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Coolest Homemade Evil Glow in the Dark Lego Skeleton Costume 6

by Mary S.
(Highland, Illinois, USA)

Homemade Evil Glow in the Dark Lego Skeleton Costume

Homemade Evil Glow in the Dark Lego Skeleton Costume

This year both of my boys dressed up as Glow in the Dark Lego Skeletons that I personally made. They both love Legos, and play with them all the time. When it came close to Halloween, I asked what they would like to be, and they each chose their favorite Lego skeleton and asked if I could make them a costume that resembles them.

The Homemade Evil Glow in the Dark Lego Skeleton Costume was made the same, the only difference was size of the bones to appropriately fit each child, and the design of the eyes and smile on the Lego head.

I first began with the heads. I bought a 1” thick sheet of pink Owen Cornings Styrofoam insulation from Home Depot, as well as a spray can of Scotch multi purpose spray glue (this glue does not eat through the Styrofoam as long as you don’t spray at point blank distance). Again I made each head identically so I will tell about just one right now. I measured their heads and found that a 10.5” diameter circle would fit their heads comfortably. I traced 10 circles with a 10.5” diameter onto the Styrofoam sheet for one head. I then traced 7.5” circles inside nine of my circles, so that I would be able to cut out the centers of nine of the circles for their heads to be able to fit inside.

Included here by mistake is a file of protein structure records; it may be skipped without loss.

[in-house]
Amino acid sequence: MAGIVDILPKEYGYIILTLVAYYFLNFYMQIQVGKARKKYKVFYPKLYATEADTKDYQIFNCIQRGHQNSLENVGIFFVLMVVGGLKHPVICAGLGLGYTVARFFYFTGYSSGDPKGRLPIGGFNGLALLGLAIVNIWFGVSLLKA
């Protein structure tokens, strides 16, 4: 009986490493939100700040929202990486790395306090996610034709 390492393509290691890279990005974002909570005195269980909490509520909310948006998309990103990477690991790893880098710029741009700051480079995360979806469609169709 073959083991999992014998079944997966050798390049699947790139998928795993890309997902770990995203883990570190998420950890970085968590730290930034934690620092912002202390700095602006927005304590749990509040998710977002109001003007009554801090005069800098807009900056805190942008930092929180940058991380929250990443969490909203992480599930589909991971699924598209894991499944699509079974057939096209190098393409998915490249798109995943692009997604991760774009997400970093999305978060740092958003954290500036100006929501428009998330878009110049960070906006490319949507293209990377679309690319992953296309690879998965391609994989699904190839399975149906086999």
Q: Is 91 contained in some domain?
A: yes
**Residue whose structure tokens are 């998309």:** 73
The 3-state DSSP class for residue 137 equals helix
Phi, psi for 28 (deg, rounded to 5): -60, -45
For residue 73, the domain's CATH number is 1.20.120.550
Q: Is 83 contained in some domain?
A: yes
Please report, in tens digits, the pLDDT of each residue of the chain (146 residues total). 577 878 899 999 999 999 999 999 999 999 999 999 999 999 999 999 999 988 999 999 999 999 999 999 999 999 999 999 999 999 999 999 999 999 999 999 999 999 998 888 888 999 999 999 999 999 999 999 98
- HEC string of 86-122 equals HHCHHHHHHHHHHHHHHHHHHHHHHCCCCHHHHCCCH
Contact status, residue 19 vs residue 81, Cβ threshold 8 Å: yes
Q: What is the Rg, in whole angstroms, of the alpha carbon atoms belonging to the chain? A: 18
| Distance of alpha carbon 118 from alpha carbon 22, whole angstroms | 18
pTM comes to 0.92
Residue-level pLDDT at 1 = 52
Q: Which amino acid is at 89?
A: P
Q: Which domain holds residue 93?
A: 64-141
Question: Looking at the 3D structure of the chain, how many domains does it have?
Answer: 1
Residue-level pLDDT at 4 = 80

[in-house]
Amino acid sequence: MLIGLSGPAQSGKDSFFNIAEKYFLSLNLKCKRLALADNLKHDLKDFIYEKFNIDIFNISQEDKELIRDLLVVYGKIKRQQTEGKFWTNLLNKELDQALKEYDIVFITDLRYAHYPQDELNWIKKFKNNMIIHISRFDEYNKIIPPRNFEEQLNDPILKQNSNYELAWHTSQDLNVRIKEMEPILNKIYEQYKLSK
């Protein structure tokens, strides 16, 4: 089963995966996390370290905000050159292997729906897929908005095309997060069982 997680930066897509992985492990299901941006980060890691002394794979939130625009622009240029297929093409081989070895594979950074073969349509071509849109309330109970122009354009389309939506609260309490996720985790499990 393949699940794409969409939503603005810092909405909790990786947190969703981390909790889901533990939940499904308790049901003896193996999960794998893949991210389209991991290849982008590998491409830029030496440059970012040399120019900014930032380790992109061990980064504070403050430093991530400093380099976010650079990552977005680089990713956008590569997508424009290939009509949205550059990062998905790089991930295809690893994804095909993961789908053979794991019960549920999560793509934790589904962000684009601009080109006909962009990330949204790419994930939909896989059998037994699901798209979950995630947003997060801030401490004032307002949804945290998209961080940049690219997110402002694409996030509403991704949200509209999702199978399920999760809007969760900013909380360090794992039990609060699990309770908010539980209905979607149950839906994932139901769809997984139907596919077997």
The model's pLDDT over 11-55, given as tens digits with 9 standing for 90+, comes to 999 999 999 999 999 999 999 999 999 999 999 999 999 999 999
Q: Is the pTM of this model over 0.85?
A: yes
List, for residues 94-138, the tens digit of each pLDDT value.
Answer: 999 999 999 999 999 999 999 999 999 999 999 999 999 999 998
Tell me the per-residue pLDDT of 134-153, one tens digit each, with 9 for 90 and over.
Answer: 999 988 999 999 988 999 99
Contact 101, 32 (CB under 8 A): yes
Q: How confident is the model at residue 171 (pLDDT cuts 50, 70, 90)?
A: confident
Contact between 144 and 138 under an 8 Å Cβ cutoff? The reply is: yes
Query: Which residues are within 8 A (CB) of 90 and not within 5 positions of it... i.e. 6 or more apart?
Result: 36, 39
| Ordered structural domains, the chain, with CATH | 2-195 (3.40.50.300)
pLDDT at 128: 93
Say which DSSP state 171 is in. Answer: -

I next proceeded to cut out around the outside of each 10.5” circle. I then had a stack of ten discs with circles still traced inside them. Next, I cut out each 7.5” circle from nine of the 10.5” circle. I set aside one smaller 7.5” circle to use later for the top of the head. Now, I took them outside and used the Scotch spray glue and glued all ten 10.5” circles, putting the one 10.5” circle with no hole on the top.

Using a sanding sponge, I sanded down the outside of the Lego head to make it smooth and even all around. I did the same for the inside of the head only to even things out really. I didn’t spend near as much time on smoothing it as the outside, since I was going to line the inside later.

Now, I sanded down the sides of the little 7.5” circle, slightly rounding the edges on the top, then I spray glued it to the center of the solid top circle on the top of the head. I finished sanding the head by also rounding the top and bottom edges of the head. Finally, I traced and cut out a 9” circle with a 7.5” circle hole, sanded the outside, rounded the bottom edge, cut the 1” thick circle in half (to make a .5” thick circle, I used the other half for the other head), and spray glued it to the bottom of the Lego head.

I needed to cut out the eyes of the Lego head next. To do this, I used a picture of the Lego Skeleton head he chose, and blew it up to the proportionate size, and printed it out. I then taped it to where I thought the eyes should go, and used a pumpkin carving tool (this little orange rolling thing with spikes used to transfer images onto pumpkins for carving) to transfer the pattern of the eyes onto the head. Once transferred, I cut out the eyes, and sanded the inside of them down. I did cut away more of the Styrofoam away from the inside of the eyes to help with visibility while wearing the head.